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Nokia doing more than others to keep smartphone manufacturing ethical

George Monbiot of The Guardian has crafted an interesting piece on smartphones (and general electronics) that are constructed in the blood of people from the eastern Democratic Republic of the Congo. Gold, tantalum, tin and tungsten have been fought over by rival armies and militias for years. The war has killed millions through displacement, disease and malnutrition.

But which of the smartphone companies today are making sure their hardware is built using minerals that are gathered through legit and conflict-free? It's believed that Nokia has done more than most manufacturers with its Windows Phone and Asha line of products, but there's still room for improvement across the board, according to Monboit's report.

Global Witness and FairPhone both point out that mining in eastern Congo supports many families in a country where it's reported that 82% are considered underemployed. The two organisations emphasise that trade can be dissociated from violence if companies ensure they're not purchasing minerals which have passed through the hands of militias. Monboit goes into some detail covering retailers and manufacturers, contacting and / or checking out each company for information on how they're looking at preventing such from happening.

Here's a snippet that looks at Vodafone:

"I began with the retailers, and the results were disappointing. Vodafone, for example, claims to have developed a social and ecological rating system, enabling its customers 'to make informed decisions about the mobile phone they choose to buy'. Its website says this system 'was launched in the Netherlands in 2011 and will be introduced to other European markets in 2012'. But all you get when you click on the link is 'page not found'. In Dutch."

Good Guy Nokia

Nokia went the furthest out of all manufacturers included in the report. Since 2001, the company has attempted to remove illegally mined tantalum from its supply chain. Suppliers are instructed to map routes metals take before reaching the company. But the issue is far from solved:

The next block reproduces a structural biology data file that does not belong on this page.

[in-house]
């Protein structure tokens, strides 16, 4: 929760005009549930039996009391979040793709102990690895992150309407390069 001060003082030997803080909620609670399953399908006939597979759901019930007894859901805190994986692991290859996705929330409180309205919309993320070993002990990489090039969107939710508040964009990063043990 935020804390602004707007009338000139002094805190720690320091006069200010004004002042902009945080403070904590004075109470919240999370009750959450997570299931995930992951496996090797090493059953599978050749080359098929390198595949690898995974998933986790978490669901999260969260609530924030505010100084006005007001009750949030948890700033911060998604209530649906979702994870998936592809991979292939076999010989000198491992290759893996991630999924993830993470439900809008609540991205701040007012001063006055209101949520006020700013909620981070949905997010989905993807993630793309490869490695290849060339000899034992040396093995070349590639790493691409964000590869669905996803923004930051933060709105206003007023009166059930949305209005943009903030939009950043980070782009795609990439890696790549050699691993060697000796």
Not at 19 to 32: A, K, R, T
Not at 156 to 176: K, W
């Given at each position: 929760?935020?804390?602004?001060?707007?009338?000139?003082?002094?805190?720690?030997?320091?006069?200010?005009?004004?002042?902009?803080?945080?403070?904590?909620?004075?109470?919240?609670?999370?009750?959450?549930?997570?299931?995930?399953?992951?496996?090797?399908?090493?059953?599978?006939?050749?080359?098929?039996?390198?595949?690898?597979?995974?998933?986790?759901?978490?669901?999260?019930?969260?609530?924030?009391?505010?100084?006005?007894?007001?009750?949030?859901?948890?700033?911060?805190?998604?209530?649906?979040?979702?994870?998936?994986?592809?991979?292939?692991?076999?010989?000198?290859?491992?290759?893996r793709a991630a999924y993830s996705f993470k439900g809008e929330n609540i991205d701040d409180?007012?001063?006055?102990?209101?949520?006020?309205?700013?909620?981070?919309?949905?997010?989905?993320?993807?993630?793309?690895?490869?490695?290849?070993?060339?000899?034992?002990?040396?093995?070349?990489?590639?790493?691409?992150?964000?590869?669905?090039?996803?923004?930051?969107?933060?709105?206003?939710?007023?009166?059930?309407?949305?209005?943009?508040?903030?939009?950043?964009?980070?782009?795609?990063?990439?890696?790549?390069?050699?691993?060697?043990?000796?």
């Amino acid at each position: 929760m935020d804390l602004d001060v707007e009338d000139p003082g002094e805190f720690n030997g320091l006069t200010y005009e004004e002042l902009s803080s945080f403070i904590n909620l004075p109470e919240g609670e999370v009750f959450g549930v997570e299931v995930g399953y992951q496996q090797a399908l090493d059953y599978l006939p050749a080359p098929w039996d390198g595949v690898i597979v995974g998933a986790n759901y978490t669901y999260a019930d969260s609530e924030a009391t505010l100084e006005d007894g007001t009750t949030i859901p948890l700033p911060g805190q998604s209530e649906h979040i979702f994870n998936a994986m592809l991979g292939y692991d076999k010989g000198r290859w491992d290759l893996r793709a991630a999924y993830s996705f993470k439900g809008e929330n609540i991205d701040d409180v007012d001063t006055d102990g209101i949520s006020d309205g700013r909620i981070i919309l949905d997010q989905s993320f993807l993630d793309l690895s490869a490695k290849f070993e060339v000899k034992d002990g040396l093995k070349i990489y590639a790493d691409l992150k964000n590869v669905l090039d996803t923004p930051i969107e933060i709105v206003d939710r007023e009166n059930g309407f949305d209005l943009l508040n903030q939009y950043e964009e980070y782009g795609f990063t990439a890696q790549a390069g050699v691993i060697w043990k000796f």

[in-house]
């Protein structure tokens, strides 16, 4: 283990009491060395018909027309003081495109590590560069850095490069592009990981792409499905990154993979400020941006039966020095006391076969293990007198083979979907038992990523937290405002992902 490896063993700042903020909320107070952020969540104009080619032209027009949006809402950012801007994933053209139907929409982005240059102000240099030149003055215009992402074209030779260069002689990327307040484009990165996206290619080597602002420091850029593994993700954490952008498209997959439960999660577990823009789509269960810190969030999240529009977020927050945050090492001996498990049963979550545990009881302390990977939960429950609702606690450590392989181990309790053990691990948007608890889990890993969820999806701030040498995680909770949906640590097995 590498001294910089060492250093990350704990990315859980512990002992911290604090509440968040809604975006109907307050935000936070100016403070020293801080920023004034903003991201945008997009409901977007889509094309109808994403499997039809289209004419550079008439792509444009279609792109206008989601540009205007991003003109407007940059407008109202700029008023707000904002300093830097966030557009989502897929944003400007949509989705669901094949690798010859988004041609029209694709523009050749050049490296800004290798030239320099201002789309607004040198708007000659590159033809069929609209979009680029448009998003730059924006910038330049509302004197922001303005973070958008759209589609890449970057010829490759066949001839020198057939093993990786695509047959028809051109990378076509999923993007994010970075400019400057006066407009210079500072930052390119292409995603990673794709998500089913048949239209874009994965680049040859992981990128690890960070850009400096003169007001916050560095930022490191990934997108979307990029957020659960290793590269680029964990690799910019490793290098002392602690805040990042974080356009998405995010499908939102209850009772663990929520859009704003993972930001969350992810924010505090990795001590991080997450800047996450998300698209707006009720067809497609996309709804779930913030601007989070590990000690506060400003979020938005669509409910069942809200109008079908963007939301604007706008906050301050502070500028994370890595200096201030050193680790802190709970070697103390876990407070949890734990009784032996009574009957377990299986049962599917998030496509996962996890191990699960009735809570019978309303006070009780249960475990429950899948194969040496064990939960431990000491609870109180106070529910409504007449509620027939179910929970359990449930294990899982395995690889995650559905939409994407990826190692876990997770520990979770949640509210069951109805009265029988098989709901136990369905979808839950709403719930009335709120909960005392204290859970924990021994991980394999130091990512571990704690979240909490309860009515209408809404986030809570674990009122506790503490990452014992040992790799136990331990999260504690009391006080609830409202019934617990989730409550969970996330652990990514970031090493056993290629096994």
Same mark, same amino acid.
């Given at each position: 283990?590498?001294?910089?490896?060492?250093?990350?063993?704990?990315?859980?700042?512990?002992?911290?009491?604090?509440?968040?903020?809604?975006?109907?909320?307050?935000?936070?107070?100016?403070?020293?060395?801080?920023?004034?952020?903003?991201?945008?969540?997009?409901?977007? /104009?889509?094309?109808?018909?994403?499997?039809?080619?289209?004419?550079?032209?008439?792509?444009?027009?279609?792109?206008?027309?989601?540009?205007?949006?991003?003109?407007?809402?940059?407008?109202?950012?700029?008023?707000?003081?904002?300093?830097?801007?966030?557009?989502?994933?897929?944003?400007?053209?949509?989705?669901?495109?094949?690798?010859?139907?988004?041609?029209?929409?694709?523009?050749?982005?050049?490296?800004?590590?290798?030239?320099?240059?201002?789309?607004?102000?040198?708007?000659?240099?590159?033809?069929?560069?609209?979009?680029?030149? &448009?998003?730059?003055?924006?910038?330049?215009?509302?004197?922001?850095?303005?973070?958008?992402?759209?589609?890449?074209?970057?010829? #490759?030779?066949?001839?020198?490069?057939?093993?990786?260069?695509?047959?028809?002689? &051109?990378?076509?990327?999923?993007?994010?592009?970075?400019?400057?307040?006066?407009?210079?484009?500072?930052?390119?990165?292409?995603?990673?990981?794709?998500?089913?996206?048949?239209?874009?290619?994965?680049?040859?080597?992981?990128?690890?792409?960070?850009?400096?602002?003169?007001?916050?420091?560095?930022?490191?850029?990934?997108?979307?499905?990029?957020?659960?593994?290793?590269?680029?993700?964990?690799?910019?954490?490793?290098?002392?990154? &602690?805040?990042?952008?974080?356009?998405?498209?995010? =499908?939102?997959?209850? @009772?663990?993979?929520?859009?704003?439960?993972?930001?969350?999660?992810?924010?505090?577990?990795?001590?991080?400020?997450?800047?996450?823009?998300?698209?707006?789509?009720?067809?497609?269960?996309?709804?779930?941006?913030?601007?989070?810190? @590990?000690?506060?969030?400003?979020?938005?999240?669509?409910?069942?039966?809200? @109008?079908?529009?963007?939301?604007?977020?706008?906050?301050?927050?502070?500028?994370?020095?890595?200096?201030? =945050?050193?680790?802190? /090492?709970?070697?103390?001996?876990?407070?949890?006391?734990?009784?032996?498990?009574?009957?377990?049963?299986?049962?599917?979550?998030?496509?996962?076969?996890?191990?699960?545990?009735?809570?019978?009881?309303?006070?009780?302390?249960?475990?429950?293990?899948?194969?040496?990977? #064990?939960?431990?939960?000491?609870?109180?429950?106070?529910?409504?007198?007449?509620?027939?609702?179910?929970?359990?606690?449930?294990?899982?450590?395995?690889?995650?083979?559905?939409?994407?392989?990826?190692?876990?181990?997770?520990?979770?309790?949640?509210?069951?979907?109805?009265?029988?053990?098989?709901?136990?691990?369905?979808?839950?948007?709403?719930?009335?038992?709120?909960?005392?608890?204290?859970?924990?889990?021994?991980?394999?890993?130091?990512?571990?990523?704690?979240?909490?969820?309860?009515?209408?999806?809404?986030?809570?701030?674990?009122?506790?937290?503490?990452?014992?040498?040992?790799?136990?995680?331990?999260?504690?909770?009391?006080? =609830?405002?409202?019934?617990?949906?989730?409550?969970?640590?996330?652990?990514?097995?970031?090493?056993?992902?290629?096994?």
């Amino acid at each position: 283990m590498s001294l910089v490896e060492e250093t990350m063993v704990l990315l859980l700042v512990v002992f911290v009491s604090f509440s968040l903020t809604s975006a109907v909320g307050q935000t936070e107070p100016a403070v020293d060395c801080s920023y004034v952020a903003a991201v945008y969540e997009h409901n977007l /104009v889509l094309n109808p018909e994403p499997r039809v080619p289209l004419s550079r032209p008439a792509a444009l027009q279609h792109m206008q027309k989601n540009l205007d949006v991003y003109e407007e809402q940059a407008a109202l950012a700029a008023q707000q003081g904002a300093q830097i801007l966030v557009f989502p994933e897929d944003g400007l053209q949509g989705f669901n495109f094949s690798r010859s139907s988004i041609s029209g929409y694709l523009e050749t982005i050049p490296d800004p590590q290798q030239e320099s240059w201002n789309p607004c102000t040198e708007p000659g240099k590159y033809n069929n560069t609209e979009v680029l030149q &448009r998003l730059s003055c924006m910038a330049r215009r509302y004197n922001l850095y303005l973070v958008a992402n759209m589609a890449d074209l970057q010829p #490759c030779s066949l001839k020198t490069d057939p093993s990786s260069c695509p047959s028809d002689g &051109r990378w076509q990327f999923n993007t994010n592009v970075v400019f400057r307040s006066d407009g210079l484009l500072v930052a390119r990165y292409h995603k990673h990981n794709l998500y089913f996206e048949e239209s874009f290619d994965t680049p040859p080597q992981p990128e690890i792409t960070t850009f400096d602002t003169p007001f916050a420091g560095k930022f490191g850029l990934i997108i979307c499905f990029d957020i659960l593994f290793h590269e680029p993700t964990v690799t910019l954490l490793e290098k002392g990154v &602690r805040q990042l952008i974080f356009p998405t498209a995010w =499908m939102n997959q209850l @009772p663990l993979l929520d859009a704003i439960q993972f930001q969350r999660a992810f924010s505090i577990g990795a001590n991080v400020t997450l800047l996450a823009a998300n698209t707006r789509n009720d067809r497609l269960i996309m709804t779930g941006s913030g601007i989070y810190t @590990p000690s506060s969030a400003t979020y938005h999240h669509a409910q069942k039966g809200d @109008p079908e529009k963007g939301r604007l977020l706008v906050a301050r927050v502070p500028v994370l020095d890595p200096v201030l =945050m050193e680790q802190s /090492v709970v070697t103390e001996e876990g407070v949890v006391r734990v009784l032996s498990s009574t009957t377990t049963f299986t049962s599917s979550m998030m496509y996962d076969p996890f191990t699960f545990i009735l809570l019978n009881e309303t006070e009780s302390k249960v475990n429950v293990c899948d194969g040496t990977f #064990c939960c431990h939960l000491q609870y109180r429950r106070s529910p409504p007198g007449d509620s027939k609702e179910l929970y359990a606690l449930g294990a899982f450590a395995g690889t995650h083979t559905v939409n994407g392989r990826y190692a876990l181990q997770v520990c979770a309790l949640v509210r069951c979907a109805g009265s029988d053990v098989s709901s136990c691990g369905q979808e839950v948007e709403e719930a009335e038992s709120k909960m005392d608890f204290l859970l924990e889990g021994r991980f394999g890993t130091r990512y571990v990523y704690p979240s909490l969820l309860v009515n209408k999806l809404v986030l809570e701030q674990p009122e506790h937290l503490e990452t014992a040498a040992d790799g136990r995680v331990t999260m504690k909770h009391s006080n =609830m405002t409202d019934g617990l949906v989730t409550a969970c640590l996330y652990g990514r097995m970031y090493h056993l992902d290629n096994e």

"[Nokia] tells me that 'there has been no credible system in the electronics industry that allows a company to determine the source of their material'. There are now six initiatives by governments, voluntary groups and companies to try to get the blood out of mobile phones, and Nokia is involved in all of them."

Two months ago a new provision of the US Dodd Frank Act, which obliges companies to discover whether the minerals they buy from Congo are funding armed groups, came into force. It remains to gets worse as many companies are hiding behind trade associations. Three corporate lobby groups - the National Association of Manufacturers, the US Chamber of Commerce and the Business Roundtable - are now suing the US government to have the new law put aside.

"Global Witness has called on some of their members – including Caterpillar, Dell, Honeywell, Motorola, Siemens, Toyota, Whirlpool and Xerox – to publicly distance themselves from the lawsuit, without success."

Monboit wraps up with the conclusion that there's much more to investigate and perhaps this could be crowd sourced. He puts forward the idea of consumers contacting phone manufacturers to discover whether they belong to said lobby groups and ask if they will publicly denounce the lawsuit, suspending membership until it's dropped. It would definitely send out a strong signal where the companies stand.

It's an interesting read and definitely worth checking out.

Source: The Guardian; Thanks, MAkhdar, for the tip!

Rich Edmonds
Senior Editor, PC Build

Rich Edmonds is Senior Editor of PC hardware at Windows Central, covering everything related to PC components and NAS. He's been involved in technology for more than a decade and knows a thing or two about the magic inside a PC chassis. You can follow him over on Twitter at @RichEdmonds.

  • True +1 for the article
  • Just for that my next phone will again be a Nokia phone.
  • Another reason Nokia will be further supported by me, and another reason to cheer for the success of a good company that actually cares about people.
  • "legit"?
  • I believe its a new island off the coast of africa
  • Legit is an abbreviation of legitimate. It basically means it is authentic, honest or legal e.g. "This is a legit Rollex", "This contract is legit" etc. It's even a dictionary word :P
  • That makes sense. I wasn't even aware you could abbreviate legitimate. I thought it was relating to legs or something else that made no sense.
  • Rad. Now make a phone with a keyboard without materials from the Congo.